If you’ve ever run a marathon (or even a half marathon), then you will appreciate how grueling this 26.2-mile event will be in the heat and humidity of Rio. The route is the same for both men and women, starting and finishing in the long, narrow Sambódromo open-air stadium (where Carnival celebrations are held every winter) and sending runners on multiple criterium-style loops along Guanabara Bay.
Sticking with Olympic tradition, the men’s marathon is the very last event in this year’s Olympics, starting at 9:30 a.m. local time (8:30 a.m. ET on NBC and NBCOlympics.com) on Sunday, Aug. 21. The men’s race at the Olympics has been pretty fast over the past two Olympics, with the late Sammy Wanjiru (Kenya) setting the Olympic record of 2:06:32 in 2008 and Stephen Kiprotich (Uganda) winning in 2:08:01 in London four years ago.
This year Galen Rupp, Meb Keflezighi and Jared Ward will represent Team USA for the 26.2-mile event and here’s what you’ll need to know about each of them before watching it.
30, Portland, Ore., 2:11:13 PR
Nike Oregon Project, Coached by Alberto Salazar
Rupp is attempting to run the rare 10,000m/marathon double in Rio. (He placed 5th in the 10,000m final.) He’s an eight-time U.S. champion and 2012 Olympic silver medalist in the 10,000, but he only has one marathon under his belt—his U.S. Olympic Trials victory in Los Angeles back in February. His lack of experience could be his biggest weakness, but then again, given his considerable skills and racing résumé, he could just be coming into his own in the marathon and might have a better chance of medaling in the longer event.Photo: Victor Sailer/Photorun.net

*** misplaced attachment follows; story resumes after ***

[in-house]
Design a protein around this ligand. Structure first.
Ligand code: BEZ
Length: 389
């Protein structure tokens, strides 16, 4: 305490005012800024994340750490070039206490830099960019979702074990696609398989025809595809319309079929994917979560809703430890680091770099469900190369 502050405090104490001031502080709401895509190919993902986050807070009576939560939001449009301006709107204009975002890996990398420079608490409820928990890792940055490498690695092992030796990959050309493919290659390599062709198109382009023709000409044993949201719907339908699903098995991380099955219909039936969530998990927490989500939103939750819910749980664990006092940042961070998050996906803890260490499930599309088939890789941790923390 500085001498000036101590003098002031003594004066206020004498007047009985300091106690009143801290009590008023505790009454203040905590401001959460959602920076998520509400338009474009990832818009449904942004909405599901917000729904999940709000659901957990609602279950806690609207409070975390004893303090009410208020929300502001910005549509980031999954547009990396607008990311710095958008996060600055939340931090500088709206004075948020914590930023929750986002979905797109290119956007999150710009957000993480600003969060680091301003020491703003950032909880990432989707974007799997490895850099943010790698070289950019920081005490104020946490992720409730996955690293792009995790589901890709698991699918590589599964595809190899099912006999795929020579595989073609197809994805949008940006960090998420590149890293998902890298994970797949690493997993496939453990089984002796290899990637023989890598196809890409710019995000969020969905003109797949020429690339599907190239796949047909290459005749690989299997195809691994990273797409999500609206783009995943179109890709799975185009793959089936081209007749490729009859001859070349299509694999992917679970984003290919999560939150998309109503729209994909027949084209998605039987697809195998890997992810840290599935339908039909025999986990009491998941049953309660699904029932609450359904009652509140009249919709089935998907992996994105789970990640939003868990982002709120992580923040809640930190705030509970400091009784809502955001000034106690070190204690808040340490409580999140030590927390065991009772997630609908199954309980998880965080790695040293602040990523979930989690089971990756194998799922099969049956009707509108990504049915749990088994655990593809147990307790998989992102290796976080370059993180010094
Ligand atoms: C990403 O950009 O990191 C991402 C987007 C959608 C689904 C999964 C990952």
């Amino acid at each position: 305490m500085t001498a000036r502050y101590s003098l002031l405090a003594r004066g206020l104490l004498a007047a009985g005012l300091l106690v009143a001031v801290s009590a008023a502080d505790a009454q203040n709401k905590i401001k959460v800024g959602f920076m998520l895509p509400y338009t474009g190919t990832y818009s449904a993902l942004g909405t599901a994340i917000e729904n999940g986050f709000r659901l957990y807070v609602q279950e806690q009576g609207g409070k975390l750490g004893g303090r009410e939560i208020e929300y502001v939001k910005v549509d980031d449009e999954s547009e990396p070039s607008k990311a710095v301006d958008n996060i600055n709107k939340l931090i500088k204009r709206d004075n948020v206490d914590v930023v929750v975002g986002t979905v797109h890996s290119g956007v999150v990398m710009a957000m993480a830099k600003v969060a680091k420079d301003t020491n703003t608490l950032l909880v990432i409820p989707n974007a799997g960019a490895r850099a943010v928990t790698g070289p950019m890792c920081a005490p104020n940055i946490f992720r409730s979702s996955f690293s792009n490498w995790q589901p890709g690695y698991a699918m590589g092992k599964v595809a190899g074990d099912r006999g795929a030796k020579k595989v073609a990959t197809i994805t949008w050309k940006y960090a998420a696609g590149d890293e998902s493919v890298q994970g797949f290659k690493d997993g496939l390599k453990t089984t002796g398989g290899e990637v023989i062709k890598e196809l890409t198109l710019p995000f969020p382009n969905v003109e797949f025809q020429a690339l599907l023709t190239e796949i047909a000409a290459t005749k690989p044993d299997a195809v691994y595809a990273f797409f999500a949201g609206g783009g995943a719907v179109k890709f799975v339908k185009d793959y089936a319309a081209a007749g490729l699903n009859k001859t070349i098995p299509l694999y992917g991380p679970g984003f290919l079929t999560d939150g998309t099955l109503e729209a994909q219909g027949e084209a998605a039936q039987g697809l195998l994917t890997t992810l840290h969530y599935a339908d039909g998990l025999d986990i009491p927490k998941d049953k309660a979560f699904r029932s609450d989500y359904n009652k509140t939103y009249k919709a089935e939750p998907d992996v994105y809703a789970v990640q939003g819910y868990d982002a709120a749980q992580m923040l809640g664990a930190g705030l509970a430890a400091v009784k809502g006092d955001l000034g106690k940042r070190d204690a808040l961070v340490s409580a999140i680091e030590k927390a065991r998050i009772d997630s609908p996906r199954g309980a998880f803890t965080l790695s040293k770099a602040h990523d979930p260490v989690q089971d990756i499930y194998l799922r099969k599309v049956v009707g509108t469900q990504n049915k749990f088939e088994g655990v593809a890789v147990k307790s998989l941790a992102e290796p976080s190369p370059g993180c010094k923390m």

41, San Diego, 2:08:37 PR
Skechers Performance/New York Athletic Club, Coached by Bob Larsen
Already one of the most decorated runners in U.S. history, Keflezighi is also one of the world’s top marathoners. He’s the only runner ever to win the Boston Marathon (2014), New York City Marathon (2009) and an Olympic marathon medal (silver, 2004). But one of his best performances came in the 2012 Olympics in London, when he charged from deep in the pack midway through the race to finish fourth in 2:11:06 (the second-fastest time ever for an American in the Olympics).Photo: Victor Sailer/Photorun.net
27, Layton, Utah, 2:12:56 PR
Saucony, Coached by Ed Eyestone
Although he carries a much lower profile than his Olympic teammates, Ward has established himself as a hard-working bulldog of a competitor. He burst on the scene in 2014–2015, when he racked up three wins and two runner-up showings at U.S. championship races at distances from 20K to the marathon. He earned his Olympic spot with a third-place finish at the U.S. Olympic Trials on Feb. 13, running a few seconds off his PR on a very hot day.Photo: Photorun.net